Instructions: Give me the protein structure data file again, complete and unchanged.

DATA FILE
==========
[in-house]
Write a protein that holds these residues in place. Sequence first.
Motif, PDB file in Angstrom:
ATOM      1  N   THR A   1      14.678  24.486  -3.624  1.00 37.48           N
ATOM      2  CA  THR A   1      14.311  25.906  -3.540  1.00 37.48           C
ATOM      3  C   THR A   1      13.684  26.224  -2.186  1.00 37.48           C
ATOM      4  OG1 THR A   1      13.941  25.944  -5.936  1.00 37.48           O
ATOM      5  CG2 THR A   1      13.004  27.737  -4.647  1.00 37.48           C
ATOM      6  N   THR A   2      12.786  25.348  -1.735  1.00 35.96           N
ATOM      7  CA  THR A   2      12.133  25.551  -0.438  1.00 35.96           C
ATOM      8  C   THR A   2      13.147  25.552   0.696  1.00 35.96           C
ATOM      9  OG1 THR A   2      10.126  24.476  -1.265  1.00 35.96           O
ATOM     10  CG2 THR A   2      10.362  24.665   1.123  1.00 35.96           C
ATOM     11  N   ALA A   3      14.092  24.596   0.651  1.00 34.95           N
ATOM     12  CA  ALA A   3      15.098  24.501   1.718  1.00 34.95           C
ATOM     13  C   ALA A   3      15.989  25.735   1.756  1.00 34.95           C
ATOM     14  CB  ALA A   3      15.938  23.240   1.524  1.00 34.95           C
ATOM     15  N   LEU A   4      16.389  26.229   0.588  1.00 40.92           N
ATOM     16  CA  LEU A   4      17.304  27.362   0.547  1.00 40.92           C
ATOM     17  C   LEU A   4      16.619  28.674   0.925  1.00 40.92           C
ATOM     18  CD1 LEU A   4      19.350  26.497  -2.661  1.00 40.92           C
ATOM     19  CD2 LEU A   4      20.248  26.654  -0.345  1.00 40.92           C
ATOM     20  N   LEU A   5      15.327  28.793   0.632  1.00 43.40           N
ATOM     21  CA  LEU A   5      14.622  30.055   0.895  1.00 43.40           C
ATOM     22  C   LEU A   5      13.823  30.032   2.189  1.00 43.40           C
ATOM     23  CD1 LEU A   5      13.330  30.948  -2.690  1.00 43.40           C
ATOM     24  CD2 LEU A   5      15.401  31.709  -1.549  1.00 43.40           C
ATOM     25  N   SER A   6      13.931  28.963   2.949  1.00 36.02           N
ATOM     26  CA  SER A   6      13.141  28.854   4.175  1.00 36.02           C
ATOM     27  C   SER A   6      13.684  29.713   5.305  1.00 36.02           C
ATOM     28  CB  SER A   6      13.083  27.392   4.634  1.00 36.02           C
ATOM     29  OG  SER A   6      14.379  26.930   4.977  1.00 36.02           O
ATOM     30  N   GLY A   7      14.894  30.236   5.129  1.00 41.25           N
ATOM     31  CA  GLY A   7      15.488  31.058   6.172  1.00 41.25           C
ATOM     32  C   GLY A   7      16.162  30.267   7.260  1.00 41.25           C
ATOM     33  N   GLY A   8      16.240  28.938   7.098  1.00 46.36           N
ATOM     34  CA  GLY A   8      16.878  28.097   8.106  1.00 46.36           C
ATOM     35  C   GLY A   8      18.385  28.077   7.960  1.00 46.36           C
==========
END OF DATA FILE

[in-house]
Write a protein that holds these residues in place. Sequence first.
Motif, PDB file in Angstrom:
ATOM      1  N   THR A   1      14.678  24.486  -3.624  1.00 37.48           N
ATOM      2  CA  THR A   1      14.311  25.906  -3.540  1.00 37.48           C
ATOM      3  C   THR A   1      13.684  26.224  -2.186  1.00 37.48           C
ATOM      4  OG1 THR A   1      13.941  25.944  -5.936  1.00 37.48           O
ATOM      5  CG2 THR A   1      13.004  27.737  -4.647  1.00 37.48           C
ATOM      6  N   THR A   2      12.786  25.348  -1.735  1.00 35.96           N
ATOM      7  CA  THR A   2      12.133  25.551  -0.438  1.00 35.96           C
ATOM      8  C   THR A   2      13.147  25.552   0.696  1.00 35.96           C
ATOM      9  OG1 THR A   2      10.126  24.476  -1.265  1.00 35.96           O
ATOM     10  CG2 THR A   2      10.362  24.665   1.123  1.00 35.96           C
ATOM     11  N   ALA A   3      14.092  24.596   0.651  1.00 34.95           N
ATOM     12  CA  ALA A   3      15.098  24.501   1.718  1.00 34.95           C
ATOM     13  C   ALA A   3      15.989  25.735   1.756  1.00 34.95           C
ATOM     14  CB  ALA A   3      15.938  23.240   1.524  1.00 34.95           C
ATOM     15  N   LEU A   4      16.389  26.229   0.588  1.00 40.92           N
ATOM     16  CA  LEU A   4      17.304  27.362   0.547  1.00 40.92           C
ATOM     17  C   LEU A   4      16.619  28.674   0.925  1.00 40.92           C
ATOM     18  CD1 LEU A   4      19.350  26.497  -2.661  1.00 40.92           C
ATOM     19  CD2 LEU A   4      20.248  26.654  -0.345  1.00 40.92           C
ATOM     20  N   LEU A   5      15.327  28.793   0.632  1.00 43.40           N
ATOM     21  CA  LEU A   5      14.622  30.055   0.895  1.00 43.40           C
ATOM     22  C   LEU A   5      13.823  30.032   2.189  1.00 43.40           C
ATOM     23  CD1 LEU A   5      13.330  30.948  -2.690  1.00 43.40           C
ATOM     24  CD2 LEU A   5      15.401  31.709  -1.549  1.00 43.40           C
ATOM     25  N   SER A   6      13.931  28.963   2.949  1.00 36.02           N
ATOM     26  CA  SER A   6      13.141  28.854   4.175  1.00 36.02           C
ATOM     27  C   SER A   6      13.684  29.713   5.305  1.00 36.02           C
ATOM     28  CB  SER A   6      13.083  27.392   4.634  1.00 36.02           C
ATOM     29  OG  SER A   6      14.379  26.930   4.977  1.00 36.02           O
ATOM     30  N   GLY A   7      14.894  30.236   5.129  1.00 41.25           N
ATOM     31  CA  GLY A   7      15.488  31.058   6.172  1.00 41.25           C
ATOM     32  C   GLY A   7      16.162  30.267   7.260  1.00 41.25           C
ATOM     33  N   GLY A   8      16.240  28.938   7.098  1.00 46.36           N
ATOM     34  CA  GLY A   8      16.878  28.097   8.106  1.00 46.36           C
ATOM     35  C   GLY A   8      18.385  28.077   7.960  1.00 46.36           C